Military Gun Technology To Enter US Civilian Hands, Affordably

Military Gun Technology To Enter Civilian Hands, Affordably

Products like thermal imaging, weapon-mounted range finders and even a new handgun integrally built around its silencer sound like dreams come true to American firearms enthusiasts, but to-date such technology has remained military-focussed and too expensive. No more.

Military Gun Technology To Enter Civilian Hands, Affordably

Six-year old Silencerco has quickly grown into the largest maker of gun suppressors in America. Not only do products like its shotgun-mounted Salvo look awesome, but they're bringing the benefits of suppressors to new guns and new customers. And a publicity campaign around the hitherto misunderstood silencer is helping. The company touts benefits like decreased hearing damage for hunters and children, less noise-pollution and, in some cases, even increased accuracy.

Now, the company is using that success to expand its offerings into new categories. All with the general idea of making technology developed for the military affordable and applicable to civilian sportsmen. Let's take a look at those new products.

Military Gun Technology To Enter Civilian Hands, Affordably

Radius

Rangefinders bounce a laser off your intended target, measuring its distance from you with accuracy. This allows hunters to dial-in their scopes accurately, improving their odds of making a humane, one-shot kill. What the Radius does that's new is it mounts to the gun via a standard rail, allowing you to use it without "coming off the gun," which makes it quicker to use, easier to carry and decreases the time between range acquisition and shot, further upping your odds. It does all that for $1,435, with IP68 protection against dust and water intrusion. If you're not using a scary black rifle, the Radius can attach to your scope via a rail mounted to its rings.

Military Gun Technology To Enter Civilian Hands, Affordably

Osprey Micro

Most young shooters in America get their start on .22 rimfires. Those guns are affordable, easy to shoot and light. And now they can be quiet too. The Osprey Micro is designed to mount to any .22 rimfire weapon -- pistol or rifle -- and is user configurable from 11.7 to 7.6 centimetres long; reducing noise to 112 and 127dB respectively. Shooting a .22 is often a high-volume affair, whether you're plinking in a field or practicing on a range and young shooters are uniquely susceptible to hearing damage. In addition to ear plugs, this product solves that problem. It's compatible with factory sights thanks to its flat top.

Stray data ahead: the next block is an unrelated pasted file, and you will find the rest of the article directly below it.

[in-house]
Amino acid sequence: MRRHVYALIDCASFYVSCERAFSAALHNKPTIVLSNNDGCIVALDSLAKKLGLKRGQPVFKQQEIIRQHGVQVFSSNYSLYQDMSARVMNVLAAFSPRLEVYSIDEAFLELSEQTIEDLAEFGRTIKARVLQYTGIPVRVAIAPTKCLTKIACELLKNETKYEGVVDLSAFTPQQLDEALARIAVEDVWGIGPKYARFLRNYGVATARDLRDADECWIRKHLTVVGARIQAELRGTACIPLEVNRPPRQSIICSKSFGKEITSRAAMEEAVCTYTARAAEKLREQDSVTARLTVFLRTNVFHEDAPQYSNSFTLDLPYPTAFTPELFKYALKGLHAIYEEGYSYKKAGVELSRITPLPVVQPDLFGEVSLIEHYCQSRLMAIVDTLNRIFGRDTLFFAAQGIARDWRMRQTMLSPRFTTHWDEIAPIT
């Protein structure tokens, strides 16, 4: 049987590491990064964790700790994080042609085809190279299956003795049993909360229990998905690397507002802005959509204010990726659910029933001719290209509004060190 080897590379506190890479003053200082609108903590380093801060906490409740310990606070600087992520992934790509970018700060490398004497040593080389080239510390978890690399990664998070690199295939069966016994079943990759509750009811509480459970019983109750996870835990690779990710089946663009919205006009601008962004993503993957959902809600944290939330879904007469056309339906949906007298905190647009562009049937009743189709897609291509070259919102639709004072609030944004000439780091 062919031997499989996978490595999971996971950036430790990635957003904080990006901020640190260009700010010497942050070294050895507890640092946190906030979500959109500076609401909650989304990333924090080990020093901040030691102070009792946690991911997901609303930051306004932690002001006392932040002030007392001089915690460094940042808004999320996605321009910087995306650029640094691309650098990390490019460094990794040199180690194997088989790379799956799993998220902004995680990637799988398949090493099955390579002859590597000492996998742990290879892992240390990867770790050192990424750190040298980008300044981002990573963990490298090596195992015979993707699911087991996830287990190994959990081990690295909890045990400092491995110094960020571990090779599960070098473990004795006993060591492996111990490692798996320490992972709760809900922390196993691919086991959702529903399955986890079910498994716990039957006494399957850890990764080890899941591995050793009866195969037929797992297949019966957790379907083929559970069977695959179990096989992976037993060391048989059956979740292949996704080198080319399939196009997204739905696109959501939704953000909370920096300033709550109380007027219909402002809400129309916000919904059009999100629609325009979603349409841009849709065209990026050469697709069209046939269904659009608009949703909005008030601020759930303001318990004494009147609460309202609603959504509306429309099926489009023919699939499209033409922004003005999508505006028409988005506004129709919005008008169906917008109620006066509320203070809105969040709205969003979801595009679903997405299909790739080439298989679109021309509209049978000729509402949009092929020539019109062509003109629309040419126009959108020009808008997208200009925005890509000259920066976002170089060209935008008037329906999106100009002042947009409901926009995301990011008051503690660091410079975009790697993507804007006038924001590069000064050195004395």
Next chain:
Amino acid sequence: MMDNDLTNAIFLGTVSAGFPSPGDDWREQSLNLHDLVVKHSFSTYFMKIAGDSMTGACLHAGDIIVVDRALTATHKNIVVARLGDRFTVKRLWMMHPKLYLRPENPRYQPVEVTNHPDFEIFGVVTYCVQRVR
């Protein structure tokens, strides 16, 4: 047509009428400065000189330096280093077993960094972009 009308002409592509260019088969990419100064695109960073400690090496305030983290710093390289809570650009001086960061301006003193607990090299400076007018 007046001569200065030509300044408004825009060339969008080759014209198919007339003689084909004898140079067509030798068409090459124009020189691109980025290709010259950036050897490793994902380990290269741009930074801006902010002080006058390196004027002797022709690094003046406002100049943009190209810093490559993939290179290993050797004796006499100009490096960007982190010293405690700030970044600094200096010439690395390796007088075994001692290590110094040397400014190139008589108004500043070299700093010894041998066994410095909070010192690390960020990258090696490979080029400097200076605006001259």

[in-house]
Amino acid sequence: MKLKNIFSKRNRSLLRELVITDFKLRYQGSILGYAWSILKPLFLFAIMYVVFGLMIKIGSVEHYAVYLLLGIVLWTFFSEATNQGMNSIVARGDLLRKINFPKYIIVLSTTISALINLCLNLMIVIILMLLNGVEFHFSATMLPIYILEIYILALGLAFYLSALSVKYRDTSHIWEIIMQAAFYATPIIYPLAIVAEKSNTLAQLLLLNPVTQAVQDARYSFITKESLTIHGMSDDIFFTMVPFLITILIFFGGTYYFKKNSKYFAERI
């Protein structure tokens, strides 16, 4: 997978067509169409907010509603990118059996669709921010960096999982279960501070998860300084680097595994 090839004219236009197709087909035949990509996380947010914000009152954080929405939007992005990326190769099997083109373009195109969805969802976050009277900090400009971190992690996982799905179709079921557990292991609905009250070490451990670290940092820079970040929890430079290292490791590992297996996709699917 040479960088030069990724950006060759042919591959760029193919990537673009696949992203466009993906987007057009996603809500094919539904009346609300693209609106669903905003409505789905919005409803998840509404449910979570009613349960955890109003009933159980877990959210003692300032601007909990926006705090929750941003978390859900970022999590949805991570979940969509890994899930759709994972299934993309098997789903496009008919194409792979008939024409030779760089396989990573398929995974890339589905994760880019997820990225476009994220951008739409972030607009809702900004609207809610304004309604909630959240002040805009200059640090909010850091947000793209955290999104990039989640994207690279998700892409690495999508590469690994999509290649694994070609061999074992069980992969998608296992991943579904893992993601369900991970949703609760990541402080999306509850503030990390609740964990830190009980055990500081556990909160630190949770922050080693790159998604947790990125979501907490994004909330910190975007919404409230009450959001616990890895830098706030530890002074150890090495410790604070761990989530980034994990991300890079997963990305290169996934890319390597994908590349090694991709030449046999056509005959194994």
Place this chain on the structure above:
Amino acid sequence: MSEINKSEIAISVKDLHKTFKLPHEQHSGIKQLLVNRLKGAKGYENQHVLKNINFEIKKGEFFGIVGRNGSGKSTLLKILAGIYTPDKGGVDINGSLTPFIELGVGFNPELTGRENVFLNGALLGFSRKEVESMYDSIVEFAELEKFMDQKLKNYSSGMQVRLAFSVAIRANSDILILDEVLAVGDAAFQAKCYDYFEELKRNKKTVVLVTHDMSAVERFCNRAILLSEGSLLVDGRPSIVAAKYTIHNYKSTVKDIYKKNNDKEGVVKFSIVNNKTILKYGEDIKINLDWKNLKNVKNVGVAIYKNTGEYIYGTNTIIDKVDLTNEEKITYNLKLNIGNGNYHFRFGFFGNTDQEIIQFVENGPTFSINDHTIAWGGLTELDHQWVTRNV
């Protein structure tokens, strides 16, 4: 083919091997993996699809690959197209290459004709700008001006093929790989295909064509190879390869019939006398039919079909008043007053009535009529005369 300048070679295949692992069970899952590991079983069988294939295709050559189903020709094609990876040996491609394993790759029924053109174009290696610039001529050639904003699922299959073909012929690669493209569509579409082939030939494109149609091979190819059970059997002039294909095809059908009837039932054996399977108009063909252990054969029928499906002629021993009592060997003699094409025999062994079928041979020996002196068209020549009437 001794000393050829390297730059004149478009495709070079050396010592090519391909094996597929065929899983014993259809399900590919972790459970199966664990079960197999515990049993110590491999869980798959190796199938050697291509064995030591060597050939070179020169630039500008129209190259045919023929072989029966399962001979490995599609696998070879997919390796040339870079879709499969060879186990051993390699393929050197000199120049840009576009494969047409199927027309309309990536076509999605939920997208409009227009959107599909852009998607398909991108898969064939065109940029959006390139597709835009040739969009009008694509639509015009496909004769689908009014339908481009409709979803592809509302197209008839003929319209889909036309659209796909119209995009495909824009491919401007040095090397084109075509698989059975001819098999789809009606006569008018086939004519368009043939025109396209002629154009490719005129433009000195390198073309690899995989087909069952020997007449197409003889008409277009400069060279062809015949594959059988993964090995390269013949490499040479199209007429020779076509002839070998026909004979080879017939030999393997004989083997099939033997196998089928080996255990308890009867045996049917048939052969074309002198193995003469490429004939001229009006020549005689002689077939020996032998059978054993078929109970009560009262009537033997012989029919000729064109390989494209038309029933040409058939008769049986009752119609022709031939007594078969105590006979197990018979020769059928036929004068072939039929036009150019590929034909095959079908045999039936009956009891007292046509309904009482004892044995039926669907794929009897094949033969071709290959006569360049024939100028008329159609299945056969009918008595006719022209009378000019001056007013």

Military Gun Technology To Enter Civilian Hands, Affordably

Maxim-9

The biggest news is this first-ever internally suppressed 9mm pistol, based on a Smith & Wesson M&P. "M&P" stands for "military and police" and hints at the intended role of this product: service and self-defence. Firing a handgun indoors is not a pleasant experience and a short, unobtrusive, integral silencer like this one could provide noise reduction without the traditional size and weight of add-on silencers. Not due for release until late next year, Silencerco is remaining mum on details, but the gun looks only a few centimetres longer and bulkier than a stock S&W and this video shows it being used without ear protection. Impressive.

Discussing the company's pivot with CEO Joshua Waldron, he explained that while much progress had been made in firearms technology for the military, the civilian market has lagged behind due to the extreme cost created by bizarrely specific, yet wide-ranging requirements for DOD contracts. "Your average guy doesn't need something that can be swum out of a submarine 18 metres below the waves," Waldron explained, going on to say that civilian levels of waterproofness like IP68 were one of the ways they're reducing costs to reasonable levels.

They're also designing these new products with users, not defence contracts in mind. A just over-the-horizon thermal imaging system will wear like a pair of light goggles rather than a pair of 7.6cm tubes and allow hunters to both find nighttime game while also allowing them to see red dot and laser sights. "It's going to be perfect for feral hog hunters in Texas," says Waldron.

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